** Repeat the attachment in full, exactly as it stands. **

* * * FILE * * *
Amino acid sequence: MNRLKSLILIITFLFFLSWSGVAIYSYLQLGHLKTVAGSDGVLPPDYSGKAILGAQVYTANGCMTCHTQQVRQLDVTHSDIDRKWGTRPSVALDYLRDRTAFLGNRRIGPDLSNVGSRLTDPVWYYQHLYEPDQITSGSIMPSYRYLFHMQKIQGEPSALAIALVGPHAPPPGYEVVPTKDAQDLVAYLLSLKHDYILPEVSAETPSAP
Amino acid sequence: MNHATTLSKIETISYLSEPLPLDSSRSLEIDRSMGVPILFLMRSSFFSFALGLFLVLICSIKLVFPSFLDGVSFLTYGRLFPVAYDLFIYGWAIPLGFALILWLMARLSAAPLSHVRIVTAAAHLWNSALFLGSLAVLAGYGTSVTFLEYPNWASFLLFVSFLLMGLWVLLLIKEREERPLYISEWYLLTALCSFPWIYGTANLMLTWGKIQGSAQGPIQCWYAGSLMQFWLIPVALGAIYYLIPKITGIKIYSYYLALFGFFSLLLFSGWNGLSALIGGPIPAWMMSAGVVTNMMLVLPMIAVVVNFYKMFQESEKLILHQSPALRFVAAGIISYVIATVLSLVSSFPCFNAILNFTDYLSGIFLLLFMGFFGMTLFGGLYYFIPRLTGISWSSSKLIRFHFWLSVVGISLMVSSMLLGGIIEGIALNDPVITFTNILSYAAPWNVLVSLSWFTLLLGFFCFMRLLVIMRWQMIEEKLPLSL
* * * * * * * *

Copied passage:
Amino acid sequence: MNRLKSLILIITFLFFLSWSGVAIYSYLQLGHLKTVAGSDGVLPPDYSGKAILGAQVYTANGCMTCHTQQVRQLDVTHSDIDRKWGTRPSVALDYLRDRTAFLGNRRIGPDLSNVGSRLTDPVWYYQHLYEPDQITSGSIMPSYRYLFHMQKIQGEPSALAIALVGPHAPPPGYEVVPTKDAQDLVAYLLSLKHDYILPEVSAETPSAP
Amino acid sequence: MNHATTLSKIETISYLSEPLPLDSSRSLEIDRSMGVPILFLMRSSFFSFALGLFLVLICSIKLVFPSFLDGVSFLTYGRLFPVAYDLFIYGWAIPLGFALILWLMARLSAAPLSHVRIVTAAAHLWNSALFLGSLAVLAGYGTSVTFLEYPNWASFLLFVSFLLMGLWVLLLIKEREERPLYISEWYLLTALCSFPWIYGTANLMLTWGKIQGSAQGPIQCWYAGSLMQFWLIPVALGAIYYLIPKITGIKIYSYYLALFGFFSLLLFSGWNGLSALIGGPIPAWMMSAGVVTNMMLVLPMIAVVVNFYKMFQESEKLILHQSPALRFVAAGIISYVIATVLSLVSSFPCFNAILNFTDYLSGIFLLLFMGFFGMTLFGGLYYFIPRLTGISWSSSKLIRFHFWLSVVGISLMVSSMLLGGIIEGIALNDPVITFTNILSYAAPWNVLVSLSWFTLLLGFFCFMRLLVIMRWQMIEEKLPLSL